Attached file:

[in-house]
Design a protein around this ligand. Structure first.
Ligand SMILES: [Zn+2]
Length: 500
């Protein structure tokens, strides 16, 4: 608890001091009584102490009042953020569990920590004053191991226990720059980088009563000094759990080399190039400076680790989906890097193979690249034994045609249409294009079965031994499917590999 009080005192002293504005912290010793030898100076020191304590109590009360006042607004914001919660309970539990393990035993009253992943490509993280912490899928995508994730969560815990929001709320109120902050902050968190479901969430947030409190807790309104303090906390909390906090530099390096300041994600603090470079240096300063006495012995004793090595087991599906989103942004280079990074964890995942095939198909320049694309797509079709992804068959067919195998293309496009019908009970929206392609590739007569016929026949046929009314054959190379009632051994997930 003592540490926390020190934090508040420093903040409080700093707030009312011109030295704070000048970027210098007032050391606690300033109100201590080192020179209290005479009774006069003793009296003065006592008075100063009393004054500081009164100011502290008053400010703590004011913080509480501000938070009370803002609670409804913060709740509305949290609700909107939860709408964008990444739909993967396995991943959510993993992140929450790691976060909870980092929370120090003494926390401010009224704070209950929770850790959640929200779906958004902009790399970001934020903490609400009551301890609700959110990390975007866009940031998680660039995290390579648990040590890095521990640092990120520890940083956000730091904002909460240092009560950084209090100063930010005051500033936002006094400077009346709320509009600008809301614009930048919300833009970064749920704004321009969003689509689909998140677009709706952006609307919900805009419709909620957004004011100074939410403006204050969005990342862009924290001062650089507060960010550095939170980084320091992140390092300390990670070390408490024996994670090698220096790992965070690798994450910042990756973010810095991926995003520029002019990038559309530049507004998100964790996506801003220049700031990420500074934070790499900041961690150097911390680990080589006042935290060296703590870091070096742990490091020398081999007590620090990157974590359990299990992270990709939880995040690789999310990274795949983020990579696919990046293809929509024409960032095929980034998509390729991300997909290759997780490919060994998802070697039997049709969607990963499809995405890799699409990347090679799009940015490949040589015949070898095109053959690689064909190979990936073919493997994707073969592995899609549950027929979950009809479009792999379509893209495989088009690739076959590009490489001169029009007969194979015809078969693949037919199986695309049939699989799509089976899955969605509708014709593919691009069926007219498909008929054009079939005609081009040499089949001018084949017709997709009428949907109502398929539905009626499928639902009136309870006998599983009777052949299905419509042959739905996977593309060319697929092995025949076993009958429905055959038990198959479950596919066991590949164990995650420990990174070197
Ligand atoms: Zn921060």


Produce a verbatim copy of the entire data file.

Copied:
[in-house]
Design a protein around this ligand. Structure first.
Ligand SMILES: [Zn+2]
Length: 500
């Protein structure tokens, strides 16, 4: 608890001091009584102490009042953020569990920590004053191991226990720059980088009563000094759990080399190039400076680790989906890097193979690249034994045609249409294009079965031994499917590999 009080005192002293504005912290010793030898100076020191304590109590009360006042607004914001919660309970539990393990035993009253992943490509993280912490899928995508994730969560815990929001709320109120902050902050968190479901969430947030409190807790309104303090906390909390906090530099390096300041994600603090470079240096300063006495012995004793090595087991599906989103942004280079990074964890995942095939198909320049694309797509079709992804068959067919195998293309496009019908009970929206392609590739007569016929026949046929009314054959190379009632051994997930 003592540490926390020190934090508040420093903040409080700093707030009312011109030295704070000048970027210098007032050391606690300033109100201590080192020179209290005479009774006069003793009296003065006592008075100063009393004054500081009164100011502290008053400010703590004011913080509480501000938070009370803002609670409804913060709740509305949290609700909107939860709408964008990444739909993967396995991943959510993993992140929450790691976060909870980092929370120090003494926390401010009224704070209950929770850790959640929200779906958004902009790399970001934020903490609400009551301890609700959110990390975007866009940031998680660039995290390579648990040590890095521990640092990120520890940083956000730091904002909460240092009560950084209090100063930010005051500033936002006094400077009346709320509009600008809301614009930048919300833009970064749920704004321009969003689509689909998140677009709706952006609307919900805009419709909620957004004011100074939410403006204050969005990342862009924290001062650089507060960010550095939170980084320091992140390092300390990670070390408490024996994670090698220096790992965070690798994450910042990756973010810095991926995003520029002019990038559309530049507004998100964790996506801003220049700031990420500074934070790499900041961690150097911390680990080589006042935290060296703590870091070096742990490091020398081999007590620090990157974590359990299990992270990709939880995040690789999310990274795949983020990579696919990046293809929509024409960032095929980034998509390729991300997909290759997780490919060994998802070697039997049709969607990963499809995405890799699409990347090679799009940015490949040589015949070898095109053959690689064909190979990936073919493997994707073969592995899609549950027929979950009809479009792999379509893209495989088009690739076959590009490489001169029009007969194979015809078969693949037919199986695309049939699989799509089976899955969605509708014709593919691009069926007219498909008929054009079939005609081009040499089949001018084949017709997709009428949907109502398929539905009626499928639902009136309870006998599983009777052949299905419509042959739905996977593309060319697929092995025949076993009958429905055959038990198959479950596919066991590949164990995650420990990174070197
Ligand atoms: Zn921060």